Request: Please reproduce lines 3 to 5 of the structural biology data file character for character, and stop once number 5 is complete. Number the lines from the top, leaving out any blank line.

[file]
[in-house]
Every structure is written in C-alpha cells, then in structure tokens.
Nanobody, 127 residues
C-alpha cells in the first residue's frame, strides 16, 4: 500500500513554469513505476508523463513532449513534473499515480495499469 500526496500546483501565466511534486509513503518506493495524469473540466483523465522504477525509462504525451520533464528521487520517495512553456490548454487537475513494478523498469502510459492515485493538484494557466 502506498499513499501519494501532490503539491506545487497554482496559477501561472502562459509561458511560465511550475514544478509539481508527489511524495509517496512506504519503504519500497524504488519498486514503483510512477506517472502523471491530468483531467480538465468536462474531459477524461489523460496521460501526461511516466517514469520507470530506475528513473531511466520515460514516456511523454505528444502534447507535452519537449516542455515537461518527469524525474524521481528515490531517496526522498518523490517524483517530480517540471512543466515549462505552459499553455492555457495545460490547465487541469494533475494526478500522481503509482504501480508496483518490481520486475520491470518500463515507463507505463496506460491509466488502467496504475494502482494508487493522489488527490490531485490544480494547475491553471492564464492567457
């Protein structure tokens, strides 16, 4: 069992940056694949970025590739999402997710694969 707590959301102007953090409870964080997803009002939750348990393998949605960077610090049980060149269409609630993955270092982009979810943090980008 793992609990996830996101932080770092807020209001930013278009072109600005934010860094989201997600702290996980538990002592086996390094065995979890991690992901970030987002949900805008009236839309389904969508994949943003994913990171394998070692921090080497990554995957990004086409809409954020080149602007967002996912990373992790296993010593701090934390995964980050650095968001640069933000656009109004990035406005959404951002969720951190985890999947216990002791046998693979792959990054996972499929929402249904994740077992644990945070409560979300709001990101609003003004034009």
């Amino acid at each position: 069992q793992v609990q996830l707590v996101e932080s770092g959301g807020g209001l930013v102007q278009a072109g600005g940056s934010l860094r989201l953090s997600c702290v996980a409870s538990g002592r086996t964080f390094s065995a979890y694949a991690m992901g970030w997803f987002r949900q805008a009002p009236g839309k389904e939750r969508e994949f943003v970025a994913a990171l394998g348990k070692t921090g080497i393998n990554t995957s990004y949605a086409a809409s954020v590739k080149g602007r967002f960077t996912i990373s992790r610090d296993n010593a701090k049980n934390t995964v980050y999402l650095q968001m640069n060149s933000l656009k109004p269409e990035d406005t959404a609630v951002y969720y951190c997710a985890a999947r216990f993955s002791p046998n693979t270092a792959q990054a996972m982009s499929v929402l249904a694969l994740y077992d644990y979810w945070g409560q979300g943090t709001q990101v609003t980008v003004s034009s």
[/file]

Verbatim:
Nanobody, 127 residues
C-alpha cells in the first residue's frame, strides 16, 4: 500500500513554469513505476508523463513532449513534473499515480495499469 500526496500546483501565466511534486509513503518506493495524469473540466483523465522504477525509462504525451520533464528521487520517495512553456490548454487537475513494478523498469502510459492515485493538484494557466 502506498499513499501519494501532490503539491506545487497554482496559477501561472502562459509561458511560465511550475514544478509539481508527489511524495509517496512506504519503504519500497524504488519498486514503483510512477506517472502523471491530468483531467480538465468536462474531459477524461489523460496521460501526461511516466517514469520507470530506475528513473531511466520515460514516456511523454505528444502534447507535452519537449516542455515537461518527469524525474524521481528515490531517496526522498518523490517524483517530480517540471512543466515549462505552459499553455492555457495545460490547465487541469494533475494526478500522481503509482504501480508496483518490481520486475520491470518500463515507463507505463496506460491509466488502467496504475494502482494508487493522489488527490490531485490544480494547475491553471492564464492567457
């Protein structure tokens, strides 16, 4: 069992940056694949970025590739999402997710694969 707590959301102007953090409870964080997803009002939750348990393998949605960077610090049980060149269409609630993955270092982009979810943090980008 793992609990996830996101932080770092807020209001930013278009072109600005934010860094989201997600702290996980538990002592086996390094065995979890991690992901970030987002949900805008009236839309389904969508994949943003994913990171394998070692921090080497990554995957990004086409809409954020080149602007967002996912990373992790296993010593701090934390995964980050650095968001640069933000656009109004990035406005959404951002969720951190985890999947216990002791046998693979792959990054996972499929929402249904994740077992644990945070409560979300709001990101609003003004034009």